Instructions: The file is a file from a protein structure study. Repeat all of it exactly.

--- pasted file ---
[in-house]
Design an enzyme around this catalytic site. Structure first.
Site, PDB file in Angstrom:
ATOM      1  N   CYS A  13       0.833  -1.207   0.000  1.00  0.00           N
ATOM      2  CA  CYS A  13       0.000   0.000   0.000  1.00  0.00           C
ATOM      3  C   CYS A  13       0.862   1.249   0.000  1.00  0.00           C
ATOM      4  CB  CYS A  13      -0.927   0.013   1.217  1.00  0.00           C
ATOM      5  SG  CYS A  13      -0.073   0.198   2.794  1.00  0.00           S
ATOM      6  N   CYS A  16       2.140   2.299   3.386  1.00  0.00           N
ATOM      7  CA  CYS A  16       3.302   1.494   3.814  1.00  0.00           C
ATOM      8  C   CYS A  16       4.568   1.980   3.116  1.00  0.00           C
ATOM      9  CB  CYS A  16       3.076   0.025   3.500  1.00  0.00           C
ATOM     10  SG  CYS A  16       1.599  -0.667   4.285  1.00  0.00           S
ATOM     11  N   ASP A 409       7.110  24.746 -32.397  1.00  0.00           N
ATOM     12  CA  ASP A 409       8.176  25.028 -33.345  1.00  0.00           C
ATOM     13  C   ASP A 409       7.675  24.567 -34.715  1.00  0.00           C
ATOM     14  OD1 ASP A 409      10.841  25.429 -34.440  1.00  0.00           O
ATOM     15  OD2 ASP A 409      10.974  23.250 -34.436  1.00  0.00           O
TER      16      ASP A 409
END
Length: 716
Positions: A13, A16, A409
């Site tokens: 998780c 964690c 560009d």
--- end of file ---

[in-house]
Design an enzyme around this catalytic site. Structure first.
Site, PDB file in Angstrom:
ATOM      1  N   CYS A  13       0.833  -1.207   0.000  1.00  0.00           N
ATOM      2  CA  CYS A  13       0.000   0.000   0.000  1.00  0.00           C
ATOM      3  C   CYS A  13       0.862   1.249   0.000  1.00  0.00           C
ATOM      4  CB  CYS A  13      -0.927   0.013   1.217  1.00  0.00           C
ATOM      5  SG  CYS A  13      -0.073   0.198   2.794  1.00  0.00           S
ATOM      6  N   CYS A  16       2.140   2.299   3.386  1.00  0.00           N
ATOM      7  CA  CYS A  16       3.302   1.494   3.814  1.00  0.00           C
ATOM      8  C   CYS A  16       4.568   1.980   3.116  1.00  0.00           C
ATOM      9  CB  CYS A  16       3.076   0.025   3.500  1.00  0.00           C
ATOM     10  SG  CYS A  16       1.599  -0.667   4.285  1.00  0.00           S
ATOM     11  N   ASP A 409       7.110  24.746 -32.397  1.00  0.00           N
ATOM     12  CA  ASP A 409       8.176  25.028 -33.345  1.00  0.00           C
ATOM     13  C   ASP A 409       7.675  24.567 -34.715  1.00  0.00           C
ATOM     14  OD1 ASP A 409      10.841  25.429 -34.440  1.00  0.00           O
ATOM     15  OD2 ASP A 409      10.974  23.250 -34.436  1.00  0.00           O
TER      16      ASP A 409
END
Length: 716
Positions: A13, A16, A409
């Site tokens: 998780c 964690c 560009d």